Immigration Lawyer Ari Sauer – The Immigration Answer Man

Memphis immigration lawyer Ari Sauer provides news and information on US immigration law.

I am licensed to practice in one state. Could I qualify for an H-1B petition in another state?

QUESTION:

 

I am a Physical Therapist and am licensed to practice in NY. Could I qualify for an H-1B petition for another state? Is it mandatory that I have a license for the state of intended employment?

 

IMMIGRATION ANSWER MAN:

 

An H-1B beneficiary must be able to show that they are eligible to begin employment in the offered position on the start date requested on the petition. For those positions where a state license is required to work in that state, such as is required for physical therapists, the petitioner must show that the PT is licensed in the state in which they will be employed. Being licensed in a different state is not sufficient unless it can be shown that the state of employment would allow the beneficiary to work on the current license.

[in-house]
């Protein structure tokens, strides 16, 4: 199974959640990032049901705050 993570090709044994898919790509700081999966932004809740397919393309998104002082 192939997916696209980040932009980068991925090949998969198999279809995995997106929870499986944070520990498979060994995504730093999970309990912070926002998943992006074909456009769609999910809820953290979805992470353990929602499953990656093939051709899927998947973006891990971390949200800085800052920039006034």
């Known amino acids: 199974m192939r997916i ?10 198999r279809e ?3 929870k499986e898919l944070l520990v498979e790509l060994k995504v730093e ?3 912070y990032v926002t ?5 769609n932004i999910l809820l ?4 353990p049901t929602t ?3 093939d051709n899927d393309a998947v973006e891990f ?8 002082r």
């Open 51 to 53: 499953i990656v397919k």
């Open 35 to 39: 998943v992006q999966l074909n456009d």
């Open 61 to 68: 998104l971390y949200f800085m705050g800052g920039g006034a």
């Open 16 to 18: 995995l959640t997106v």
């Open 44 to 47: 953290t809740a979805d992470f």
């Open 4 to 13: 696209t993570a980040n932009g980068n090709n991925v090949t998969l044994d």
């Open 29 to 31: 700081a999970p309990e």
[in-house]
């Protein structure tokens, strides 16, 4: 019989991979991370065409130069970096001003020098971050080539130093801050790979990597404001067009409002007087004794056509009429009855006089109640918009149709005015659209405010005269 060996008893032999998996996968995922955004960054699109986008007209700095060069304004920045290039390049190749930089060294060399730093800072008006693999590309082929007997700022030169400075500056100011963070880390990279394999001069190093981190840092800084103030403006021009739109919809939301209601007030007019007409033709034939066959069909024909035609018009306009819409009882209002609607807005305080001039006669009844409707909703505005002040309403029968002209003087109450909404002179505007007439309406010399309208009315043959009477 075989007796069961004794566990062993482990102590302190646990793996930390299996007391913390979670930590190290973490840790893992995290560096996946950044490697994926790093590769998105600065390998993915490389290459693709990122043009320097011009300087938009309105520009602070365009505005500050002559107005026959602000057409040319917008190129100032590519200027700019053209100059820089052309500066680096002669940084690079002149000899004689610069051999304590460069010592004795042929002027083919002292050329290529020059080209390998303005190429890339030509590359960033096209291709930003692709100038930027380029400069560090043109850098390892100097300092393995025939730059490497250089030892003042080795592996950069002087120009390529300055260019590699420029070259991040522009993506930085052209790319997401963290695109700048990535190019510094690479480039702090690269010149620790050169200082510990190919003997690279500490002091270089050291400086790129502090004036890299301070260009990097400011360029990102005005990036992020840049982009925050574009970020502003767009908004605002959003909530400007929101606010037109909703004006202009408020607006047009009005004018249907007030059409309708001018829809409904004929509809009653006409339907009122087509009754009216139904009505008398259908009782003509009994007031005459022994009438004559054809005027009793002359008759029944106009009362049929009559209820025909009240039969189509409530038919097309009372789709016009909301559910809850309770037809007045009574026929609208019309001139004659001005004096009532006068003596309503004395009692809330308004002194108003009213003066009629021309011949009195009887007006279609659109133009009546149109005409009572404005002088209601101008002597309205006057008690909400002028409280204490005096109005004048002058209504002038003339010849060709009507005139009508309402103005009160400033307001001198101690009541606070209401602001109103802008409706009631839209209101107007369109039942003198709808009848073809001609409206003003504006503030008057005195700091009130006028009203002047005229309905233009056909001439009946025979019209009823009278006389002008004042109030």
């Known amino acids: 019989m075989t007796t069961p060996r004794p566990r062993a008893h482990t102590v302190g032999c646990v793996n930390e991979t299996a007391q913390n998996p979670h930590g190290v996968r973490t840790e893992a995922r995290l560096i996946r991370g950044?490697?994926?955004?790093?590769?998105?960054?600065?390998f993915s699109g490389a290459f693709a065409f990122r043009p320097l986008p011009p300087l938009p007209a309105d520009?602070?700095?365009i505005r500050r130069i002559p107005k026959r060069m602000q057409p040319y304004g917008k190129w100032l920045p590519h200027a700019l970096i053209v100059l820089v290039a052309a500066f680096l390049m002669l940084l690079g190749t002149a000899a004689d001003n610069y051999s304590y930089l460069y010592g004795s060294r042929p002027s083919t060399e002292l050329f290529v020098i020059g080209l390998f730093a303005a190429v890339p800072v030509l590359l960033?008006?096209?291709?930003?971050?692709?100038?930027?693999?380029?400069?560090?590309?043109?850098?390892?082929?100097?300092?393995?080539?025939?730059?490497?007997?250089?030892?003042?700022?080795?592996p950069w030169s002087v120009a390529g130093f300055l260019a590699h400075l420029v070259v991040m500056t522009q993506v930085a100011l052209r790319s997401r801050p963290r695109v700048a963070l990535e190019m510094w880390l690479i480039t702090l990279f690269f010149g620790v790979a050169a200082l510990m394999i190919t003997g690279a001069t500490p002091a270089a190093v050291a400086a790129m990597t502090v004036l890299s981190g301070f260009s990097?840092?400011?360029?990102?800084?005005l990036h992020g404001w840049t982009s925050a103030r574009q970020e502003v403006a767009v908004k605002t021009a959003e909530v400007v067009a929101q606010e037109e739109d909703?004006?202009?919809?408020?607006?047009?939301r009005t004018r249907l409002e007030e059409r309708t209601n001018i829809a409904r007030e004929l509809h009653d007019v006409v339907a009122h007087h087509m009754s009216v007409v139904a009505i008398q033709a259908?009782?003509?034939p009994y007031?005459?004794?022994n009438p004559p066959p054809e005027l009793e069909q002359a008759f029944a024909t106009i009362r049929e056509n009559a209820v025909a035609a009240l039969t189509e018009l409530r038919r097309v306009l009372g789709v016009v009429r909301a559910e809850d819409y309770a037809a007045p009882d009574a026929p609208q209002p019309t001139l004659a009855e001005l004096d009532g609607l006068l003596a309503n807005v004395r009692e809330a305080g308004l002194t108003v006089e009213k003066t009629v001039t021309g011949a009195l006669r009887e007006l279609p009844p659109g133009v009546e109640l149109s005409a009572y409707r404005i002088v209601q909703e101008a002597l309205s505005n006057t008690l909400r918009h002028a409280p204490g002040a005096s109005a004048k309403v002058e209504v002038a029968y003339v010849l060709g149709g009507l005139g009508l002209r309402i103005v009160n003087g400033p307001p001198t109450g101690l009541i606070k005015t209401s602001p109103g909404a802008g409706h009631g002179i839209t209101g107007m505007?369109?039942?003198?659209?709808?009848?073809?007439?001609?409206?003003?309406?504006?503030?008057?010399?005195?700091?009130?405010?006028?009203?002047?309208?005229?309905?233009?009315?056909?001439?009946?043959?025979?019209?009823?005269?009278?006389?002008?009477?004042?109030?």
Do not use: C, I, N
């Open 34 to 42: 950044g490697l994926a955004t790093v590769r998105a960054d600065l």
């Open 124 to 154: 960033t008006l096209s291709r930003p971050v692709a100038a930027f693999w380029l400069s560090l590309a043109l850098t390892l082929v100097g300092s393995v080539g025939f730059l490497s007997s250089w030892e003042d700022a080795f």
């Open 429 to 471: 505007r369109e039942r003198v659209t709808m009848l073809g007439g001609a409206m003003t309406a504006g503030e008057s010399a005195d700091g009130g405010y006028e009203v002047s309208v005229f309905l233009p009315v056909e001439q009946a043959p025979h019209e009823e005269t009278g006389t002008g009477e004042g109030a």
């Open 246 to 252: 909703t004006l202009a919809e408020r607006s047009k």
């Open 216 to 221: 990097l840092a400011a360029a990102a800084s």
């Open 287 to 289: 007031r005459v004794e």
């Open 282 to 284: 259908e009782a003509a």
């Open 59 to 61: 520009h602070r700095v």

There is an exception to this rule where the State requires the beneficiary to provide a social security number before they will issue the license, and the beneficiary cannot get a social security number until they are in H-1b status. Where the petitioner can show that the only reason the license has not been issued by the state is because of the lack of a social security number, USCIS should approve the H-1B petition for an initial period of one year.

 

Visit my blog, The Immigration Answer Man at www.immigrationanswerman.com

Join me on Facebook at http://bit.ly/3iM38W

Connect with me on LinkedIn at http://www.linkedin.com/in/arisauer

Connect with me on Twitter at http://twitter.com/VisaLawAnswers

 

Ari Sauer is an attorney with Siskind Susser, PC. For Ari’s full bio, visit http://www.visalaw.com/ari.html. You can schedule a consultation with Ari or with one of Siskind Susser’s other attorneys by calling 1-800-343-4890 or 901-682-6455. 

 

* On this blog we answer questions as a service to our readers, but we cannot assume any liability related to reliance on anything herein, and responses to questions are not intended to establish an attorney-client relationship. Immigration laws and regulations are constantly changing. Readers are cautioned to schedule a consultation with an immigration lawyer before acting on anything stated in this blog. This blog is not intended to substitute for a consultation with a qualified immigration law attorney.

 

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This entry was posted on November 23, 2010 by in Uncategorized.
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